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The Three Childhood Friends Behind Kuwaiti Label Ecru Celebrate a Decade of Design

Hussah Al Tamimi, Nur Kaoukji, and Noor Al Sabah

Placed on a table is a Jaisalmer marble pillared bukhoor burner, Jaipuri hand-block printed placemats featuring dhows, and hand-painted glazed ceramic plates with palm trees and falcons. They all beckon the eye. In 2013, three childhood friends – Nur Kaoukji, Noor Al Sabah, and Hussah Al Tamimi – embarked on a creative journey and launched their lifestyle brand, Ecru. Inspired by their love for traditional Arab hospitality and the rituals they grew up with in Kuwait, the Ecru universe fuses quintessential elements from the region with artisanal craftsmanship to create unique homeware objects and clothing. From the get-go, the brand’s vision was about celebrating craftspeople from various regions, including India, Morocco, and Lebanon.

As Ecru turns 10, the trio is exceptionally proud of what they’ve achieved. In 2021, they opened a brick-and-mortar store in Jaipur – a significant milestone for the brand. And last month, they released their collection Retrospect, which reflects the past decade. “When we started Ecru, the love for arti sanal craft was not as mainstream as today, especially in the Middle East. But we stuck to our narrative – we decided our story would be about teaching people the beauty of craft because we genuinely believe in it. And now, we’re being applauded for it,” says Al Sabah.

Ecru integrates elements from the region into both homeware and clothing

Ecru, which translates to fabric in its raw state, first started as an online platform for artisanal clothing before quickly expanding into handcrafted homeware. “I was initially working in fashion in Kuwait, but my role quickly became very retail-oriented, and there was a lack of creativity,” recalls Al Sabah. Meanwhile, Kaoukji had been living in Jaipur since 2006 and was working with jewelry designer Munnu Kasliwal of Gem Palace. Through her work, she had already built a network of local artisans. “One day, we had an honest chat about everything possible from where she is, and thought, maybe that’s something we can merge and create together,” says Al Sabah. They then roped in Al Tamimi, who had a full-time job at The National Council of Culture, Arts and Letters in Kuwait at the time but was also interested in starting a company from scratch. Soon after, the brand was born – with each friend playing a distinct role. Al Tamimi handles the operations, Al Sabah manages social media, styling for shoots, and other creative content, while Jaipur-based Kaoukji spearheads design. However, Kaoukji adds that all three are involved in their own way creatively. “For example,” says Al Tamimi, “when I look at daily sales, and the others like a specific color, I tell them that while it’s a great shade, it’s not going to sell. So, I provide creative input too, but more on the technical side.”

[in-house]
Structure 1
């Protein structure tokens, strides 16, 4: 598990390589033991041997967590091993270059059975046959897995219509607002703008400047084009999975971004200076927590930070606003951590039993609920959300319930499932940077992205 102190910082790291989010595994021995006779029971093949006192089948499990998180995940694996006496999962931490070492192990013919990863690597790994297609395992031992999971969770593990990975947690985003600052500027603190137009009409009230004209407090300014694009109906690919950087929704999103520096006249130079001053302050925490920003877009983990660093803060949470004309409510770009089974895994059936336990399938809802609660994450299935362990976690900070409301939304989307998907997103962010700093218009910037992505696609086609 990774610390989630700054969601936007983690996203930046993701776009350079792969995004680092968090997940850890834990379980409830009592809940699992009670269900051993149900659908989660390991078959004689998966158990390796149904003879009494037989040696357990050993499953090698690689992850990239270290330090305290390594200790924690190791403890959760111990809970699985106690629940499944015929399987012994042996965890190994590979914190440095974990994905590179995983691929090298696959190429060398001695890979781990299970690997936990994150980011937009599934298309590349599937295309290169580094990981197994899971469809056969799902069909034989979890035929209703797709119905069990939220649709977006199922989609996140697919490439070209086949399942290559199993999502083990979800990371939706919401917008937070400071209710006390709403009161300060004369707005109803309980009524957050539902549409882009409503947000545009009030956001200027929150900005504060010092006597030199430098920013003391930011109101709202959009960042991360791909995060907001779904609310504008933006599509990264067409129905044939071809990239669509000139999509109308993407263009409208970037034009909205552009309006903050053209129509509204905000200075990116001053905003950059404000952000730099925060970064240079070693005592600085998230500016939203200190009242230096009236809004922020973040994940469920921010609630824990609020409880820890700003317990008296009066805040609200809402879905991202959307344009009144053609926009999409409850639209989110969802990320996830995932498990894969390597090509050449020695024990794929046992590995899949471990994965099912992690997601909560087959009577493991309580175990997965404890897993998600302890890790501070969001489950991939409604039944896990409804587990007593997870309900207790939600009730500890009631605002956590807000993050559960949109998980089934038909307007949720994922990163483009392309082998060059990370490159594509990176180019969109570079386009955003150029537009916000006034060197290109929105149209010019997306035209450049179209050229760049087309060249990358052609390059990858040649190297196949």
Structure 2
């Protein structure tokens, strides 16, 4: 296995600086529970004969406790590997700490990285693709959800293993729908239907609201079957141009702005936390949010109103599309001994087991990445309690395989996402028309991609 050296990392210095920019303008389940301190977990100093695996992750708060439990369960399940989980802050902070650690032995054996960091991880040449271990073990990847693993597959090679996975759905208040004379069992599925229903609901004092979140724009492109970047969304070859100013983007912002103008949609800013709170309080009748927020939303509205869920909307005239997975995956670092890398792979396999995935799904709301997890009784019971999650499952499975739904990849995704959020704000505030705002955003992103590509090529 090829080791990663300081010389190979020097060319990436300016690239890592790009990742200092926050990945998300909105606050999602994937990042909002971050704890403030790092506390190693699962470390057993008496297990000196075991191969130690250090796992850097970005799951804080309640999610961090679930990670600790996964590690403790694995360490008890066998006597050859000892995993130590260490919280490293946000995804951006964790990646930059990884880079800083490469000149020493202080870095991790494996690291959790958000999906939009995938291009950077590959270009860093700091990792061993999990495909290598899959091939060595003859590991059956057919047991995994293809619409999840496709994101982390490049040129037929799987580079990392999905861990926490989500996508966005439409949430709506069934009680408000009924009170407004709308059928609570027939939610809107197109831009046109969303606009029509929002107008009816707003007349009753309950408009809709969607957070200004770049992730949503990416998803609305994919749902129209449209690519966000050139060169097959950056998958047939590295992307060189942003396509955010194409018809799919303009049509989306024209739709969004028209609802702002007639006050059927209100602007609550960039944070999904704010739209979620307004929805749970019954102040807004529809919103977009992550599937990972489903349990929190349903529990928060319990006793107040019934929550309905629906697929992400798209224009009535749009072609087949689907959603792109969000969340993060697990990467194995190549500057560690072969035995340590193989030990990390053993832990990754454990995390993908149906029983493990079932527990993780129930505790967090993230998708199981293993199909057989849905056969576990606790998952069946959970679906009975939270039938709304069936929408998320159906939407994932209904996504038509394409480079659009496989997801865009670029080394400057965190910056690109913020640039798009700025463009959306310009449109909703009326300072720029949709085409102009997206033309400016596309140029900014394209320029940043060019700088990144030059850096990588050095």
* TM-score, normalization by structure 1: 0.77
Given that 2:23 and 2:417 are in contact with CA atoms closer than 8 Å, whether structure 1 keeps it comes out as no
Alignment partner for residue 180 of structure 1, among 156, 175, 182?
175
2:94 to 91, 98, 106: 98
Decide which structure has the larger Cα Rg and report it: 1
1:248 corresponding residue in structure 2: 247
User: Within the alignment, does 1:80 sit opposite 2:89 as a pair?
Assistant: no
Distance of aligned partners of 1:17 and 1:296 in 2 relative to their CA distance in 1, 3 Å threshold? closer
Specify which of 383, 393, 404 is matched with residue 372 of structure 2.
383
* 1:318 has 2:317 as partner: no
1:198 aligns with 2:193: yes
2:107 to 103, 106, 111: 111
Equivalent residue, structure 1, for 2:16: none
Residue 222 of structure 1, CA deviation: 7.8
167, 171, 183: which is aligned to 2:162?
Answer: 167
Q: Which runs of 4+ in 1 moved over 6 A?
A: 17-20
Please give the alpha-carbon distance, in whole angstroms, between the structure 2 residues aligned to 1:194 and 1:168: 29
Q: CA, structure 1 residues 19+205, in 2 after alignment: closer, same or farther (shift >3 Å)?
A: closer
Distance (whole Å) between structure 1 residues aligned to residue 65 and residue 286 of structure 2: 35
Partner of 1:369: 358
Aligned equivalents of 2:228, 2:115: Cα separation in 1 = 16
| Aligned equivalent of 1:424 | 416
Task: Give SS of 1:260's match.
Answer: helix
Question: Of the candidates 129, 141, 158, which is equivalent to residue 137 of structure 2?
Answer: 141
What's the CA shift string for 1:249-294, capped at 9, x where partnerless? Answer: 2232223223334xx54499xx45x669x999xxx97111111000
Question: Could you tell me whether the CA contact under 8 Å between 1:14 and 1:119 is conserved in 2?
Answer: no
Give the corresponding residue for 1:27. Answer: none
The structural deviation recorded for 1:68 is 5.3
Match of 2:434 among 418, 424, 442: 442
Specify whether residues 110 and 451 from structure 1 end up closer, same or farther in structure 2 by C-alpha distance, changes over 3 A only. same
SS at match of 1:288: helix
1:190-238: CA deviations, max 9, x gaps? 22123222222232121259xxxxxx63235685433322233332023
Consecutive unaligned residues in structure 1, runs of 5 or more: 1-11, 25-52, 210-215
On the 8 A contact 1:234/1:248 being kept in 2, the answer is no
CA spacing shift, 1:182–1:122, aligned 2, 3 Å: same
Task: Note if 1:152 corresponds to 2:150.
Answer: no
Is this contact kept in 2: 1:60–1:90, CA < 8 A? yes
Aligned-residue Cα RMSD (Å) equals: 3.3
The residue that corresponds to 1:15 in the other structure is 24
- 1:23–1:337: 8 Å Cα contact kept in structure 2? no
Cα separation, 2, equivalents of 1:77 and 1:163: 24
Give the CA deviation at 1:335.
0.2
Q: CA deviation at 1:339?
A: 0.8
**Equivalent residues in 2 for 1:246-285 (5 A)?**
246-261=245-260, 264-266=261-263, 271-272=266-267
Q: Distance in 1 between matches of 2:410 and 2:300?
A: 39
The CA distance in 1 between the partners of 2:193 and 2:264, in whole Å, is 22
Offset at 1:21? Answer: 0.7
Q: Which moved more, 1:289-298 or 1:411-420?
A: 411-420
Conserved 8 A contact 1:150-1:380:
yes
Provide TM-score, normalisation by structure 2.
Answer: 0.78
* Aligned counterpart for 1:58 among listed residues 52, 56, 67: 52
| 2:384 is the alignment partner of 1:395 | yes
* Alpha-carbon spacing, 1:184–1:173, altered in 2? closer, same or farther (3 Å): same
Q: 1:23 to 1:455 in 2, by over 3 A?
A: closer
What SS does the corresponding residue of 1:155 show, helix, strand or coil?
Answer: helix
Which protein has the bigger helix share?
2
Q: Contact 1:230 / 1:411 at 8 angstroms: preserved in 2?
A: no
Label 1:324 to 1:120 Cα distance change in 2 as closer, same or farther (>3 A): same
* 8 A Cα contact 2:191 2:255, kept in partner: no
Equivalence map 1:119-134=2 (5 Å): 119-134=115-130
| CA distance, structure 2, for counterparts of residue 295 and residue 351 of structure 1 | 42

Photo: Courtesy of Ecru

People often say that business with friends is never a good idea; the trio, however, found a way to make it work. “When I told my father about the endeavor, he discouraged it, saying, ‘You and Nur have a friendship far beyond sisterhood – you’re going to ruin it.’ So Nur and I decided we had to come to an understanding that this won’t take over our friendship, and put it in writing. It was nothing legal but binding for us,” explains Al Sabah. Meanwhile, Al Tamimi prefers to have everything work-related on paper to avoid conflict. The three are very vocal and express themselves immediately when something bothers them, while trying to keep egos and emotions out of the equation. Additionally, since they’re an odd-numbered team, they vote for the majority when they can’t agree on something. Ten years into the venture, their friendship is stronger than ever. Ecru’s eclectic offering is about pieces narrating their own story: Azizal rugs handmade by women in Morocco, ornamental glass bottles crafted out of hand-blown recycled glass in Lebanon, or brass sand-casted candlestick holders with Arabic letters. While trends never drove their business, their designs resonate well with the evolving landscape of homeware in the Middle East. Kaoukji believes that people are now keen on finding more unique pieces, especially those that embody their own culture. She also thinks there’s a shift in attitude on how people use particular objects in their homes. “For instance, when we first started making tablecloths, they wouldn’t move so fast because previously, fancy tablecloths were used only for special occasions. Whereas now, you can have a block-printed one for daily use.” Additionally, Al Sabah thinks home decor is getting more playful and colorful and isn’t being taken too seriously. “It’s no longer about using pieces occasionally – people are mixing things up and getting creative with homeware. None of our pieces would ever be encouraged to purchase for one tablescape. We want our designs to be used repeatedly and in different ways.”

Originally published in the July/August 2023 issue of Vogue Arabia

Photos: Huda Amin, Prarthna Singh

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